Monday, 18 January 2016

The Song of the Jayhawk by Jack Marshall Maness

Before there were red states and blue states, there was Kansas. A place that divided the nation like never before, or since. A place where mayors were generals and journalists were terrorists. A place where drunken guerrilla armies roamed the prairies, threatening farmers and rigging elections. A haunted place where mysterious beasts led settlers into undiscovered countries.

Follow two young families as they struggle with rattlesnakes, tornadoes, ice-storms, childbirth and morality in a war-torn land. A growing love between them, built over holiday ham and whiskey, is threatened as they are drawn into the territory's cycle of political violence. They must ultimately decide if they are friends or foes, and it isn't long before they all have blood on their hands.

This is a story of loyalty and betrayal, courage and despair. Set in the 1850s, the dilemmas faced by the Dugan and Hawkins families are similar to those faced by every generation in a long-divided America. It asks how ordinary people cope with extraordinary times, why they sometimes turn to violence, and more importantly, why they usually do not.
Goodreads description

I have to confess that, although I studied history at university, I know precious little about America in the 19th century and the run-up to the American Civil War. I therefore came to this novel with a great deal of ignorance and had no idea what a catalyst Kansas was in the tragic turmoil that hit that great country. 

The book's introduction starts with the statement It has been widely noted that one cannot comprehend American society without a fundamental understanding of the Civil War. But can you enjoy a story set in that time without such an understanding? The answer is yes, I did enjoy The Song of the Jayhawk. I found myself emotionally involved with the Dugan and Hawkins families. Jack Marshall Maness, to his great credit, shows accurately the complexity and ambiguity of real people facing difficult choices. To fight or not, to protect family or the wider community, to help or to fight your neighbours. He shows that both families have come from difficult backgrounds and want to build a new future and he also shows that within families there are clashes between younger hot-headed members and their more experienced pragmatic elders.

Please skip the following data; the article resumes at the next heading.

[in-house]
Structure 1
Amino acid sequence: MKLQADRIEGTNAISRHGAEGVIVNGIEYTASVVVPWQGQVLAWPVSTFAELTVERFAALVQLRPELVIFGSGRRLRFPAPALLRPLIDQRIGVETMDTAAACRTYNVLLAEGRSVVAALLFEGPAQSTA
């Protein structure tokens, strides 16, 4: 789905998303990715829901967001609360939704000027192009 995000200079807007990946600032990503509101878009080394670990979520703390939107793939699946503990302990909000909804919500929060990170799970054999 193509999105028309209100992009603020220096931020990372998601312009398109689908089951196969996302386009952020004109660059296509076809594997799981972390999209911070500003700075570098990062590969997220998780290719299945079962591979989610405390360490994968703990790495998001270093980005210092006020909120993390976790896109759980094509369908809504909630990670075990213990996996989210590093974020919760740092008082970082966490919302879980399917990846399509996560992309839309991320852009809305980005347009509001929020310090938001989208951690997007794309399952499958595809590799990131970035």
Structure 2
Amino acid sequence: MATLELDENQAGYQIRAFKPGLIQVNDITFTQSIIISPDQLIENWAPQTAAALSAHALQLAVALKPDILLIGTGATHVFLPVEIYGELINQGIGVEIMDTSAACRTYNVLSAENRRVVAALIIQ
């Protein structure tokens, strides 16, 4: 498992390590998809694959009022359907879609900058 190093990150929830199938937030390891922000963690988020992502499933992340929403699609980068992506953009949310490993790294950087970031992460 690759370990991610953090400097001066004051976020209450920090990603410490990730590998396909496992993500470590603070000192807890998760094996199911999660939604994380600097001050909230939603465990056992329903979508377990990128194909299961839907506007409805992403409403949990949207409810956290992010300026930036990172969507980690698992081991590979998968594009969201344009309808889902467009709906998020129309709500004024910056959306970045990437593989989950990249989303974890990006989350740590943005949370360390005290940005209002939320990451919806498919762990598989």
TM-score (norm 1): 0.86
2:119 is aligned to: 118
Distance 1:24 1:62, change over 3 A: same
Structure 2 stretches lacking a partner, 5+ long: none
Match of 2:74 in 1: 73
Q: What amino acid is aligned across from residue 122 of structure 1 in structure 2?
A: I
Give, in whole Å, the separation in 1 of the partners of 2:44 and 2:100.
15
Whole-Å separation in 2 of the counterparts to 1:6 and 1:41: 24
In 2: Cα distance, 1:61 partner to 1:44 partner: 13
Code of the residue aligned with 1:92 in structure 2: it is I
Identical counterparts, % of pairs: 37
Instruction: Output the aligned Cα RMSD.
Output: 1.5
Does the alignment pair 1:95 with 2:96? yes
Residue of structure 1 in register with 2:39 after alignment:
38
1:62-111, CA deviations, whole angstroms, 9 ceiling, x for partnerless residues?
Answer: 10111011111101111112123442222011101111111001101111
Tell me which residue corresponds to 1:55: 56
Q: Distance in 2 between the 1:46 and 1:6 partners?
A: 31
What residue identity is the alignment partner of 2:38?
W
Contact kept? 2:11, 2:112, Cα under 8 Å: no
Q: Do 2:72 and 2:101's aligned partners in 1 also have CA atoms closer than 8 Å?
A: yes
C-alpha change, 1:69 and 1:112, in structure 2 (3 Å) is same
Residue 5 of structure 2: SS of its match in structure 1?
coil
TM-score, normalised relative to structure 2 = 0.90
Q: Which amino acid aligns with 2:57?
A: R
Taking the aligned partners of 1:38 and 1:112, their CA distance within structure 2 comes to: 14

Whilst the point of view of the novel stayed with the various family members, this reader was engaged with the story. However when on occasion the narrative parted from that point of view and showed political developments on the wider stage, I found myself feeling frustrated. From what I have read in the introduction to the book Mr Maness is a historian and I sympathize with his desire to clearly set his protagonists' story in its historic context, but...

The magic realism in the book comes mainly in the form of the appearance of a mythical bird of the Kanza Indians, the Mialueka, which the author associates with the infamous Kansas jayhawk. The Mialueka was said to have lured people to their destruction, and appears at times of crisis to the Dugan brothers. Other magic-realist elements include the river changing location and some magic powers belonging to Patrick Dugan's wife. The latter are not fully developed narratively, although I expect they will be in subsequent books. It should be noted that the story does rather break off at the end of the book, as this is the first in a series, so if you are someone who likes everything resolved when you read the last page, be warned. 

I received this book free from the author in return for a fair review.

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